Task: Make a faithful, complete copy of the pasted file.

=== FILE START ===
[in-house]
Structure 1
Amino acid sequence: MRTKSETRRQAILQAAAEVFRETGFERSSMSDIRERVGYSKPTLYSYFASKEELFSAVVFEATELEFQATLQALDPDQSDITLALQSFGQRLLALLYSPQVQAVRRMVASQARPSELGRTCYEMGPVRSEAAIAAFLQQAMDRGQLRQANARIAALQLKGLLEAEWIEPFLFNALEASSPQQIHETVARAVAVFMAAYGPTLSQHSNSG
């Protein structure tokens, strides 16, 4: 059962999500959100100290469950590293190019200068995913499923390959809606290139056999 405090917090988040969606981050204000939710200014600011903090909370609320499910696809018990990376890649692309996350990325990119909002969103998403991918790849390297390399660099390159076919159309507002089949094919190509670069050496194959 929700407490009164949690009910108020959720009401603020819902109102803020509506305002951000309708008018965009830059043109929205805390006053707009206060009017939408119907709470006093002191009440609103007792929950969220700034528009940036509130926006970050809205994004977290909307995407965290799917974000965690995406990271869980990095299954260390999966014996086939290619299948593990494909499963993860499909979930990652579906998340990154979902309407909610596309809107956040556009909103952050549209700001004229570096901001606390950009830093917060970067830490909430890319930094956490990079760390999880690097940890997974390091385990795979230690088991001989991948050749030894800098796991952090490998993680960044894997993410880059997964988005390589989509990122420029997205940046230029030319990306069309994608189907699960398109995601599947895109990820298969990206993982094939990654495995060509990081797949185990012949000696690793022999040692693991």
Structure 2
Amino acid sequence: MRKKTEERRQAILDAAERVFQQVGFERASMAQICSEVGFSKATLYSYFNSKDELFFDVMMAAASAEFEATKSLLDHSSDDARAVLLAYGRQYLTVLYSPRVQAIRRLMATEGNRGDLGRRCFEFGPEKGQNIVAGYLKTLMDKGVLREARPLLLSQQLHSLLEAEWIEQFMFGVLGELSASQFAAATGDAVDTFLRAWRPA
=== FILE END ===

[in-house]
Structure 1
Amino acid sequence: MRTKSETRRQAILQAAAEVFRETGFERSSMSDIRERVGYSKPTLYSYFASKEELFSAVVFEATELEFQATLQALDPDQSDITLALQSFGQRLLALLYSPQVQAVRRMVASQARPSELGRTCYEMGPVRSEAAIAAFLQQAMDRGQLRQANARIAALQLKGLLEAEWIEPFLFNALEASSPQQIHETVARAVAVFMAAYGPTLSQHSNSG
């Protein structure tokens, strides 16, 4: 059962999500959100100290469950590293190019200068995913499923390959809606290139056999 405090917090988040969606981050204000939710200014600011903090909370609320499910696809018990990376890649692309996350990325990119909002969103998403991918790849390297390399660099390159076919159309507002089949094919190509670069050496194959 929700407490009164949690009910108020959720009401603020819902109102803020509506305002951000309708008018965009830059043109929205805390006053707009206060009017939408119907709470006093002191009440609103007792929950969220700034528009940036509130926006970050809205994004977290909307995407965290799917974000965690995406990271869980990095299954260390999966014996086939290619299948593990494909499963993860499909979930990652579906998340990154979902309407909610596309809107956040556009909103952050549209700001004229570096901001606390950009830093917060970067830490909430890319930094956490990079760390999880690097940890997974390091385990795979230690088991001989991948050749030894800098796991952090490998993680960044894997993410880059997964988005390589989509990122420029997205940046230029030319990306069309994608189907699960398109995601599947895109990820298969990206993982094939990654495995060509990081797949185990012949000696690793022999040692693991």
Structure 2
Amino acid sequence: MRKKTEERRQAILDAAERVFQQVGFERASMAQICSEVGFSKATLYSYFNSKDELFFDVMMAAASAEFEATKSLLDHSSDDARAVLLAYGRQYLTVLYSPRVQAIRRLMATEGNRGDLGRRCFEFGPEKGQNIVAGYLKTLMDKGVLREARPLLLSQQLHSLLEAEWIEQFMFGVLGELSASQFAAATGDAVDTFLRAWRPA